This is the very popular 2.4GHz XBee module from Digi. These modules take the 802.15.4 stack (the basis for Zigbee) and wrap it into a simple to use serial command set. These modules allow very reliable and simple communication between microcontrollers, computers, systems, really anything with a serial port! Point to point and multi-point networks are supported.
Not sure which XBee module or accessory is right for you? Check out our XBee Buying Guide!
Note: If you are using these outside of the United States, please check with your local laws regarding radio communication.
If a board needs code or communicates somehow, you're going to need to know how to program or interface with it. The programming skill is all about communication and code.
Skill Level: Rookie - You will need a better fundamental understand of what code is, and how it works. You will be using beginner-level software and development tools like Arduino. You will be dealing directly with code, but numerous examples and libraries are available. Sensors or shields will communicate with serial or TTL.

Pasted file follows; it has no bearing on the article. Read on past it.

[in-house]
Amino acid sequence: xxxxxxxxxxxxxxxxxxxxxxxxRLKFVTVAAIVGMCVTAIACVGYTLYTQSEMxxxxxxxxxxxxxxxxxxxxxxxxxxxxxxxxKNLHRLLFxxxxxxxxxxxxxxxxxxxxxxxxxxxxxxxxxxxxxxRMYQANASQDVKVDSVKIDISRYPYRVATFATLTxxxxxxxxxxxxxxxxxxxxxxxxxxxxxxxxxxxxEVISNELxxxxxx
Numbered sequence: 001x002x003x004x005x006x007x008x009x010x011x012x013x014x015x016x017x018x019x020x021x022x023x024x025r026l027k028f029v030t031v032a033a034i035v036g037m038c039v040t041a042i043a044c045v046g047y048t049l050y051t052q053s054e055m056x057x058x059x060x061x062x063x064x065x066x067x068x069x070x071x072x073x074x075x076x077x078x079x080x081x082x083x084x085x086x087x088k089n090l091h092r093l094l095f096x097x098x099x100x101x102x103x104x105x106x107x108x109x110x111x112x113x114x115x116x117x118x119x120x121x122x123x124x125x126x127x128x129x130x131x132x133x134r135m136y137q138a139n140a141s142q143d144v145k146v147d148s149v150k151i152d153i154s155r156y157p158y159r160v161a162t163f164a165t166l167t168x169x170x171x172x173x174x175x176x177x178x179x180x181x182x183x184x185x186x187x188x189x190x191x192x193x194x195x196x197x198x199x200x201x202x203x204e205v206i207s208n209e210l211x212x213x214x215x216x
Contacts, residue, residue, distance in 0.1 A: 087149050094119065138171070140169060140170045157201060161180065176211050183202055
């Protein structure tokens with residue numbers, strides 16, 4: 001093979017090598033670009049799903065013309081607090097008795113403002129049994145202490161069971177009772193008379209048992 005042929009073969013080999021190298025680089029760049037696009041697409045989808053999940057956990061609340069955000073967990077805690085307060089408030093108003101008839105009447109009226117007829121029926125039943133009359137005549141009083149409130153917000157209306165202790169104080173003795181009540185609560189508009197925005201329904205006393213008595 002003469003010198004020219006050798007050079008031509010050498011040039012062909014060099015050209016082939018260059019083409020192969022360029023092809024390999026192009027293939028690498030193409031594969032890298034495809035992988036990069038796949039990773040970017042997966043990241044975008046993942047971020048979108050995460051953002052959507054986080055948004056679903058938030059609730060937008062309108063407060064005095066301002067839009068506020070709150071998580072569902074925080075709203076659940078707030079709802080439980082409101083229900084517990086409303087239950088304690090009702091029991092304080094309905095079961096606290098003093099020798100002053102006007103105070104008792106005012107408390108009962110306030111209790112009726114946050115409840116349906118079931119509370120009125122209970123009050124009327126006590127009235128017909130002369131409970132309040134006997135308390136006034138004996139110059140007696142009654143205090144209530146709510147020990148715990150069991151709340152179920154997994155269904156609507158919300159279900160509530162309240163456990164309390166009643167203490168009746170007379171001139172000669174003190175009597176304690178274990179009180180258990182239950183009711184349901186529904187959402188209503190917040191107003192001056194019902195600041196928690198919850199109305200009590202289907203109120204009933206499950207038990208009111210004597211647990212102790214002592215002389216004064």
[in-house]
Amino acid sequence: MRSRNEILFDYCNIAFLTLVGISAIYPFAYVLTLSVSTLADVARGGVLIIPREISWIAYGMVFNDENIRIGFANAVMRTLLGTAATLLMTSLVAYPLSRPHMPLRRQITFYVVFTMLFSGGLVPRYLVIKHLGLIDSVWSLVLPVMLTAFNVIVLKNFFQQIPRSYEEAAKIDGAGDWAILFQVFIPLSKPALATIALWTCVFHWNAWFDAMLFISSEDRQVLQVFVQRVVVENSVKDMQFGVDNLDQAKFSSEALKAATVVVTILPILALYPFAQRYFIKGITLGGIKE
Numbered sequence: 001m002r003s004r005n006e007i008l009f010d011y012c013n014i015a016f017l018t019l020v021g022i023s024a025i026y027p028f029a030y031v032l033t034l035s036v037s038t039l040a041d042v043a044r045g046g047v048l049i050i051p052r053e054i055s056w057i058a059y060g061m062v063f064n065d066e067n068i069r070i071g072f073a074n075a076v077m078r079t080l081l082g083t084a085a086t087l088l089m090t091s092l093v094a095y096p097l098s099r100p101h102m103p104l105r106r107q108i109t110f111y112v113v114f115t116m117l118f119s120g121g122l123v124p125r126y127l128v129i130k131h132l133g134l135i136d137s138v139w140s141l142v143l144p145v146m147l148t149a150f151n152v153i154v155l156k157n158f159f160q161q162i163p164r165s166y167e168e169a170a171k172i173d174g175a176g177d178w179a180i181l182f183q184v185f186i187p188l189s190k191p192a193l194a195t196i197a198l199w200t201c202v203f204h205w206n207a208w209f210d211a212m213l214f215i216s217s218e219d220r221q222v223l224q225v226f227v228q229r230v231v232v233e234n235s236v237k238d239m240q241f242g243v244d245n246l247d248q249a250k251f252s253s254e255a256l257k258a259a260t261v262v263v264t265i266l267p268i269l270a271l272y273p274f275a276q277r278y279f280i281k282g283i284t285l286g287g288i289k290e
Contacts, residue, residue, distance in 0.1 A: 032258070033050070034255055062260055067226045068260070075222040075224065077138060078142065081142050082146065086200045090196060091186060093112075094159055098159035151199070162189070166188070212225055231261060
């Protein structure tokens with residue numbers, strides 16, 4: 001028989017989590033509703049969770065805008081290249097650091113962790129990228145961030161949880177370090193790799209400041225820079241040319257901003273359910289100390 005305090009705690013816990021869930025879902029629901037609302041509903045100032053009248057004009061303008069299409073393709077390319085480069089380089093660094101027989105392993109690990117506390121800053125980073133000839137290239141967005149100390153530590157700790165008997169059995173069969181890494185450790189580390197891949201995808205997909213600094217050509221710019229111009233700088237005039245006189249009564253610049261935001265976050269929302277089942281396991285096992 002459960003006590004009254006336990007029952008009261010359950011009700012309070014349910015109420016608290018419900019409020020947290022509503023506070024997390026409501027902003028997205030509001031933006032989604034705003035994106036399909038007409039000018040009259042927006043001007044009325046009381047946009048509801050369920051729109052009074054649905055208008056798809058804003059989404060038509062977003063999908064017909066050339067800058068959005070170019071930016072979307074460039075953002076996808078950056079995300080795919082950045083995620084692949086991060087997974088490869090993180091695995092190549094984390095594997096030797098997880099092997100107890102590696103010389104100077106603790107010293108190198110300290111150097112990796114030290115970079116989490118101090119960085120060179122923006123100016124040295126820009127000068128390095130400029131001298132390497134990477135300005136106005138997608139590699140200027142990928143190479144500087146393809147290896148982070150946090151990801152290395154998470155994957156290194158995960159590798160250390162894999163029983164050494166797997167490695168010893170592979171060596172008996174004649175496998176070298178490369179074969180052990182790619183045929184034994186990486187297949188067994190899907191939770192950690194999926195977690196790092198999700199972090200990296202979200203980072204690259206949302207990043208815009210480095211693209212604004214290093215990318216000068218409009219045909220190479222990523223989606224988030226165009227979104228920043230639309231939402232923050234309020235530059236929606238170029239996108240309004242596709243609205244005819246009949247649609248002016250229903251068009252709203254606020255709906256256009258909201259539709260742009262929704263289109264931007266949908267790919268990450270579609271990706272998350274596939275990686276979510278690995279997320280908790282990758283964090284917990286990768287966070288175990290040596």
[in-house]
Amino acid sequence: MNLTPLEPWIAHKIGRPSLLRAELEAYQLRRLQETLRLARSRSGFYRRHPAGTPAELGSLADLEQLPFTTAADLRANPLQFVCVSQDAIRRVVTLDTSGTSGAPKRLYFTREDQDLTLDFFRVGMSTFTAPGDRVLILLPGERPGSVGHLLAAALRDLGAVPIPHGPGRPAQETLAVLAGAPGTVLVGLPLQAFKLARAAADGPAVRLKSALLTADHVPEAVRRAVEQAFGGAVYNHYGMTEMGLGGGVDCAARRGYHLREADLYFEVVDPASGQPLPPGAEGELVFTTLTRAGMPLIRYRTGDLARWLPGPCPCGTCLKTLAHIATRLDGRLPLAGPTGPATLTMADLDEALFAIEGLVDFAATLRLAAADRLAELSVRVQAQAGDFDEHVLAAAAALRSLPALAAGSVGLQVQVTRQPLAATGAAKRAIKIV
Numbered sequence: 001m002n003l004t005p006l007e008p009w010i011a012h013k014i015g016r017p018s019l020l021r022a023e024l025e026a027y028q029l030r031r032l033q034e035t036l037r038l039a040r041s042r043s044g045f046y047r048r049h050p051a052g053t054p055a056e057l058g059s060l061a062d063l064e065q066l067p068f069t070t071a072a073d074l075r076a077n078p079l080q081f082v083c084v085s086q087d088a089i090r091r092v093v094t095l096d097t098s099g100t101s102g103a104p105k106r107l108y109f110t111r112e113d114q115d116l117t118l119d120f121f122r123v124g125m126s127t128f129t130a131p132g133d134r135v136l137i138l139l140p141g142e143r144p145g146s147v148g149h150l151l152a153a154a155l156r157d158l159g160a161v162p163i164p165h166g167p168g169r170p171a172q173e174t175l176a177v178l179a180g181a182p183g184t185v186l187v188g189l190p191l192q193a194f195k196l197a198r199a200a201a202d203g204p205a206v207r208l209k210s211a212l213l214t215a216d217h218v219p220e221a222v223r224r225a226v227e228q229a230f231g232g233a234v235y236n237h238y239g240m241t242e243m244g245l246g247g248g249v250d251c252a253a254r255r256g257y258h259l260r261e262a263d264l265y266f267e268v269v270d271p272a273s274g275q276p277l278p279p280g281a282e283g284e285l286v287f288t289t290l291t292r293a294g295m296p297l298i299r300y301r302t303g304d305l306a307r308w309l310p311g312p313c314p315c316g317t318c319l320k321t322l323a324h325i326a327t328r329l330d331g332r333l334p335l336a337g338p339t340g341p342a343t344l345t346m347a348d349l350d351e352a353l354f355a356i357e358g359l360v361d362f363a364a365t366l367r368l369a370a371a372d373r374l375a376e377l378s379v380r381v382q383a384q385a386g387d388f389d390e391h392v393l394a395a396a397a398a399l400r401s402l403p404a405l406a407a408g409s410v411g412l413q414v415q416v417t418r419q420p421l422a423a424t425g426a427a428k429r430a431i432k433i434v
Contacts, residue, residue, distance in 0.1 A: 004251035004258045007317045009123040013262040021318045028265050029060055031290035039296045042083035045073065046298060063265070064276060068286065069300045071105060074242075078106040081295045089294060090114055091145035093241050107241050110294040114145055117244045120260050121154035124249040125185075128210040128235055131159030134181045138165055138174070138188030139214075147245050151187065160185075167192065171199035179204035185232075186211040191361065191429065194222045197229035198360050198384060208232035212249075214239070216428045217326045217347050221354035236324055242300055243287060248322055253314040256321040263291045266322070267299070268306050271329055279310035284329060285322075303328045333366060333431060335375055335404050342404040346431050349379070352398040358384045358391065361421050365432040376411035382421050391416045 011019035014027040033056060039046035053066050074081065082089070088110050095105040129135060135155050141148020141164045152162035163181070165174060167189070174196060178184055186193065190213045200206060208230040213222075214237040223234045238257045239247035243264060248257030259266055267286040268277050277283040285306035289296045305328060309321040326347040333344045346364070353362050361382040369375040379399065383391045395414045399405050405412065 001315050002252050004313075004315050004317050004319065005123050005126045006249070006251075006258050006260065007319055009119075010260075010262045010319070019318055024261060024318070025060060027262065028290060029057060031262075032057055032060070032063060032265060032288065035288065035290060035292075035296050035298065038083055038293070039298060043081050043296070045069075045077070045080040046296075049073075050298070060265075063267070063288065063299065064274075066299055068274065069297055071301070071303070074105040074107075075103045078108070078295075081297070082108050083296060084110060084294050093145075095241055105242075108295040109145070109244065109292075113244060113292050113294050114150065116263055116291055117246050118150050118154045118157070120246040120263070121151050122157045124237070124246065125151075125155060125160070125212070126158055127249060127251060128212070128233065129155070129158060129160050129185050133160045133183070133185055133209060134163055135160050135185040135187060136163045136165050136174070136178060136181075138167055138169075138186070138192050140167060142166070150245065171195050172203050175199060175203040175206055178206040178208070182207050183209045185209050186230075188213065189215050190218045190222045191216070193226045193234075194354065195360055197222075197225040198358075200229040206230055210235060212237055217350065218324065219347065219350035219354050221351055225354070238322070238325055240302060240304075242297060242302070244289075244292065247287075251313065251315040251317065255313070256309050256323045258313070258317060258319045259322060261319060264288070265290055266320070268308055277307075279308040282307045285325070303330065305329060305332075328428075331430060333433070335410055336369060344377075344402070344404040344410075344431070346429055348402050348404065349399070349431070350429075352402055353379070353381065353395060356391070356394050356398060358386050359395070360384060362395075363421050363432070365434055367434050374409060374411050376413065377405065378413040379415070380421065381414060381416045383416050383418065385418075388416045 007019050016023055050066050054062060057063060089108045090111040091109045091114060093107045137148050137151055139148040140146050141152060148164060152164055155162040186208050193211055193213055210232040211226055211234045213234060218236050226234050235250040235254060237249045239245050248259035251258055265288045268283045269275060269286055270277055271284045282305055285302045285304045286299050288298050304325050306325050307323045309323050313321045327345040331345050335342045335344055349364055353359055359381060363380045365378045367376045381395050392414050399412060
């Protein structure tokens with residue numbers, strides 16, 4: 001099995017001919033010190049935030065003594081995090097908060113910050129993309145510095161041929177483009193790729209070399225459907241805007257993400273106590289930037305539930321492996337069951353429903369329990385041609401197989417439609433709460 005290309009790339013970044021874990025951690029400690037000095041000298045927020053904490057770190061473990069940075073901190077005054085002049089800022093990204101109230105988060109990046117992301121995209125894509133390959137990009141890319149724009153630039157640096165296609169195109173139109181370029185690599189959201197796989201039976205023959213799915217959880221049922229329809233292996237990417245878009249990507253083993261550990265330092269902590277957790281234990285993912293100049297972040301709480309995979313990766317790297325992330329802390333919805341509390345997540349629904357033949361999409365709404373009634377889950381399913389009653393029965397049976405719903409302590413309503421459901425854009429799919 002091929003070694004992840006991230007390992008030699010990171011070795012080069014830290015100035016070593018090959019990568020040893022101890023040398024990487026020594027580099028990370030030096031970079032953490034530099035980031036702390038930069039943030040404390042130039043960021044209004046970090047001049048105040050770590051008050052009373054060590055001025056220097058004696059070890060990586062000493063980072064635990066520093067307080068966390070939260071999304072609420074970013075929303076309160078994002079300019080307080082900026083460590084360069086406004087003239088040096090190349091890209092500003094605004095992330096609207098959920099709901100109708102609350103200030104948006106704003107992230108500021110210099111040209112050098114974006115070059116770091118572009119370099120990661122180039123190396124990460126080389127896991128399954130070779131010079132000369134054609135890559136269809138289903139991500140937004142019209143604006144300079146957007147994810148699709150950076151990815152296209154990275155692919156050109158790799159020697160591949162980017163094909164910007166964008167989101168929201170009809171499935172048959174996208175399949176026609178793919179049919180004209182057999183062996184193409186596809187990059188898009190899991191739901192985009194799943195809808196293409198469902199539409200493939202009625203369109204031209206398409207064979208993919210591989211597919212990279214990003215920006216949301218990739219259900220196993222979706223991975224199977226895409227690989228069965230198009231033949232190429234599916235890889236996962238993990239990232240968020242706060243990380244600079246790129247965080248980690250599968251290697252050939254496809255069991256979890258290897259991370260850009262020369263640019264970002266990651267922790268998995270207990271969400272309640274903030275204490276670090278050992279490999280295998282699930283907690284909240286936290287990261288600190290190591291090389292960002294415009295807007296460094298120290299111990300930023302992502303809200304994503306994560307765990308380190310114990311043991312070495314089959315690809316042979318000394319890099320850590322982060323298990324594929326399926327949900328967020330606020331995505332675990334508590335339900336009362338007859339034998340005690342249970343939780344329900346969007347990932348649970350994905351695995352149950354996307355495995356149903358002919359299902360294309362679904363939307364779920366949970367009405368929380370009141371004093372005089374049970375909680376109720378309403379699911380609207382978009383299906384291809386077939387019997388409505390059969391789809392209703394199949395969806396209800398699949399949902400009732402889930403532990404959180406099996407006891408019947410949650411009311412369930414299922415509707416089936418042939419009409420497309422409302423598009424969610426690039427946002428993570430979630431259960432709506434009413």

See all skill levels
If it requires power, you need to know how much, what all the pins do, and how to hook it up. You may need to reference datasheets, schematics, and know the ins and outs of electronics.
Skill Level: Noob - You don't need to reference a datasheet, but you will need to know basic power requirements.
See all skill levels
Based on 1 ratings:
2 of 2 found this helpful:
I've been messing with a few of these for about two months now and have come to the conclusion that they're just not that reliable or easy to setup. I've had continuous problems trying to get them to communicate with each other and often when they do start communicating, it's a mystery as to what changed.
Also keep in mind that Digi is not a Linux-friendly company. Personally, I think they're completely out of touch with their target market. The XCTU software is available for Mac or Windows but not Linux. Some people run it in Wine, others use Moltosenso's Iron which runs natively on Linux but I couldn't get it to find any of my XBees. Honestly, the XCTU tool isn't the issue or even required to get XBees talking to each other; you should be able to do all the configuring over serial with AT commands. Tip: when you enter "+++" do it as fast as you possibly can or the bee may not respond. Took a lot of frustration to finally figure that out.
Overall, these are turning out to not be worth the headache to me. If I can find another solution, I'll go with that next time.